Batman. The ultimate superhero has enthralled and captivated people for decades on end. Many of us grew up with the Caped Crusader, wishing we could fight the evils of Gotham City like he did. Taking advantage of Nintendo's growing video game empire, not to mention the imaginations of children everywhere, Sunsoft gave us just that option. Do you want to fight evildoers and bring justice to the world, all while wielding an arsenal of deadly weapons and performing awesome aerial attacks? Then let's go back to a simpler time when accomplishing that goal was as easy as popping this game into your Nintendo Entertainment System.
I will admit that I was skeptical about playing this game. Most of us are aware that the video game industry is littered with games based on superheroes that were complete failures. Batman games have mostly been no exception to this rule, but nevertheless, I felt compelled to see for myself. In the end, I'm glad I did. I'll go over the basics of the game below and let you form your own opinion on whether you'd like to take a trip to Gotham, but if you're anything like me, you'll find this game to be well worth a playthrough.
Graphics Though the saying goes that you should never judge a book by its cover, it's difficult for most games to avoid being judged based on the first thing we see: the graphics. During the NES age, video games didn't have nearly the same graphical capabilities that today's games do, but that doesn't mean that they couldn't take advantage of the systems they were built for. Though many NES games seemed to treat graphics as an afterthought, games like Super Mario Bros. 3 showed just what the system could do. The graphics in Batman are not overly impressive, but they do a great job of conveying the dark, dire world full of criminals and kingpins that comic book fans have come to love over the years. Batman and his antagonists are easily distinguishable from the background, and every obstacle you encounter is clear as day.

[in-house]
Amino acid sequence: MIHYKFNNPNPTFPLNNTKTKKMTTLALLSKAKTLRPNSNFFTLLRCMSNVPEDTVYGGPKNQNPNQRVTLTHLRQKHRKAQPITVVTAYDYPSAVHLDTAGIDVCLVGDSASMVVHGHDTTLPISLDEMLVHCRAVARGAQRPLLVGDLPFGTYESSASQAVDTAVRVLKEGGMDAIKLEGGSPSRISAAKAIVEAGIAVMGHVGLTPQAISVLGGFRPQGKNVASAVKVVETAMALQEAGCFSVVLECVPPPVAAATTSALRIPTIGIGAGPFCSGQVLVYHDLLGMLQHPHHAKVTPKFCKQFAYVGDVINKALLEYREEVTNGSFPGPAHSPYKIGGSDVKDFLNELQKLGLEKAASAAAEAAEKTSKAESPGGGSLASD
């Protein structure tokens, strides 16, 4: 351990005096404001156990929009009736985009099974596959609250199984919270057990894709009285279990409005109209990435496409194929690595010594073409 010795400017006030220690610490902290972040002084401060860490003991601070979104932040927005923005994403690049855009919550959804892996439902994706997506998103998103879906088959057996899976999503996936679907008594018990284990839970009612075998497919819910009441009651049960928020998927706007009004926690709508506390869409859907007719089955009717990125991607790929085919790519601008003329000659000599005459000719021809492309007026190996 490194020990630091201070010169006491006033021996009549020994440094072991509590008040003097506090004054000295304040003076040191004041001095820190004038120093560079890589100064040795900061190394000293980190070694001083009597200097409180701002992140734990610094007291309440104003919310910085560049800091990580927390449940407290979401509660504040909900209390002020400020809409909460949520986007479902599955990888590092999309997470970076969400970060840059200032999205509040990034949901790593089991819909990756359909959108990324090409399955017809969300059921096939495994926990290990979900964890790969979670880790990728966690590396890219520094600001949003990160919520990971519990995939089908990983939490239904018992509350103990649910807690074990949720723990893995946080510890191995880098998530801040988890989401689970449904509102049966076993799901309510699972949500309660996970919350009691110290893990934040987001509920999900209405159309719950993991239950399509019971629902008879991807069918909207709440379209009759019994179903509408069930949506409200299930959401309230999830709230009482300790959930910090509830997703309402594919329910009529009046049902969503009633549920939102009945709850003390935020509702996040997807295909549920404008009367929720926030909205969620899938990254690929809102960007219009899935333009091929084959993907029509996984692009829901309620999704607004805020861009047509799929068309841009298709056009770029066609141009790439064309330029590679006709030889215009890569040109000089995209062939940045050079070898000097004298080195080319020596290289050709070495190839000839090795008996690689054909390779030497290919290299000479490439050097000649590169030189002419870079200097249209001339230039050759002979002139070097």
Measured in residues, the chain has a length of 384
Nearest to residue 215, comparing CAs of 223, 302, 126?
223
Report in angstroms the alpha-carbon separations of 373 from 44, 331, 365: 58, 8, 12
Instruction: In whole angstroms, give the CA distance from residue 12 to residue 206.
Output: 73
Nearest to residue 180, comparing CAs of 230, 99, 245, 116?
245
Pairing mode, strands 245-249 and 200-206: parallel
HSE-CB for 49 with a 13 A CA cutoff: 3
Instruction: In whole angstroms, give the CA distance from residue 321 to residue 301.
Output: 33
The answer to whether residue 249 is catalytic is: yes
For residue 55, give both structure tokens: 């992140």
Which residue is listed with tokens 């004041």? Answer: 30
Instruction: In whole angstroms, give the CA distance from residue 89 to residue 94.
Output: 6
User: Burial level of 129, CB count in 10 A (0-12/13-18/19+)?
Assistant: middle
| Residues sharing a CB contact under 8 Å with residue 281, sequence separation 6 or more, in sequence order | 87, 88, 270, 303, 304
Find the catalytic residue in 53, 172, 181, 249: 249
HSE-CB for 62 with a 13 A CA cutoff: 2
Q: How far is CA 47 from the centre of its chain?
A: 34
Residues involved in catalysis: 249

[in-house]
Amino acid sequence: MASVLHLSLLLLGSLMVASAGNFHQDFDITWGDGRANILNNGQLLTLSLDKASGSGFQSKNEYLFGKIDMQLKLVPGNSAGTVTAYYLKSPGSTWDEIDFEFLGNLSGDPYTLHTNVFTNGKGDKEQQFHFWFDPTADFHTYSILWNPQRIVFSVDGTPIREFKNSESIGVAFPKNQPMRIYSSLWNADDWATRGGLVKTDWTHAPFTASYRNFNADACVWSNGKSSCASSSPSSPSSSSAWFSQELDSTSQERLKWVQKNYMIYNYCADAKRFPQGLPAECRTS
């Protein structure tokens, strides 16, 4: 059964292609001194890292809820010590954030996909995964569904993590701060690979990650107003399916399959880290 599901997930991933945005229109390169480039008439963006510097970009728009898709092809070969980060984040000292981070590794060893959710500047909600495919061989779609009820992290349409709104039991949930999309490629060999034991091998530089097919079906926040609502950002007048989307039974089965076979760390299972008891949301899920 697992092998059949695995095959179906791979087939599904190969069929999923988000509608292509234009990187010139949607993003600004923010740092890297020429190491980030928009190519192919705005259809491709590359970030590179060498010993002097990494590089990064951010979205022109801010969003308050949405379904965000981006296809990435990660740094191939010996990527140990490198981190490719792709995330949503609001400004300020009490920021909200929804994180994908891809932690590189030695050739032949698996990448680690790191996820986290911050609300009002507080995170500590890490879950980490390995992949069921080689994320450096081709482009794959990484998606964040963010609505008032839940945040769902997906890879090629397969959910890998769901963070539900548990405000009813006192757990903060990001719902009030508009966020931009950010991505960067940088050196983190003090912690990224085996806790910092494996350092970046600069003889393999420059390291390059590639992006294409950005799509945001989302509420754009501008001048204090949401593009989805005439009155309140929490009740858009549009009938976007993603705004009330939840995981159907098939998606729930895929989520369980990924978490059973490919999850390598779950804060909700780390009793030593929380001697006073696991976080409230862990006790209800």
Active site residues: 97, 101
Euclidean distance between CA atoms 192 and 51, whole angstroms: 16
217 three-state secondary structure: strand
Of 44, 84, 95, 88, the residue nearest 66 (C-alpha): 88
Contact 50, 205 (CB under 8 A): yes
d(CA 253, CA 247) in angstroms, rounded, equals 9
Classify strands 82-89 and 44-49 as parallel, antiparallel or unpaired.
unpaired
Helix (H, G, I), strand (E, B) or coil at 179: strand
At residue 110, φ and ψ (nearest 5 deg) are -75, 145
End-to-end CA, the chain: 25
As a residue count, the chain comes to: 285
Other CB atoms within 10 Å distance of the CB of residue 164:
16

Gameplay There isn't much to do in Batman's first level, but I found that to be a good thing. The simple design gives the player a chance to get used to the controls and Batman's combinations of attacks (although the variety of these attacks is slightly limited). As the game progresses, though, be prepared for some real challenges. It may be important to note that the controls themselves are quite responsive. My big complaint is that switching weapons takes far too long. Most enemies are best dealt with through the use of a particular weapon, but there is no quick way to switch weapons other than cycling through them one by one. This usually means that enemies have enough time to get an attack or two in until you settle on your weapon of choice. Another downfall that has been a recurring problem in many side-scrollers (Ninja Gaiden comes immediately to mind) is that every time you get hit, you fly backwards. Luckily there aren't many bottomless pits to fall down, so this is only a minor gripe. The rest of the gameplay in Batman is very enjoyable. There is a sweet satisfaction that comes with destroying all your enemies and reaching the end of each level that just keeps you playing.
Story Unfortunately, not a lot can really be said about the storyline in this game. There's an occasional cutscene that exists solely for the Joker to taunt you, but there really isn't much of a plot to drive the game. But really, he's Batman, justice incarnate, so you don't need much of an excuse to beat the crap out of some bad guys.
Conclusion Even though Batman is far from a perfect game, it's an example of just how deep the NES library really is. I very much enjoyed my time with it, and I think it's definitely worth a playthrough for any gamer out there that always wanted to step into the shoes of the Dark Knight and clean up the streets of Gotham.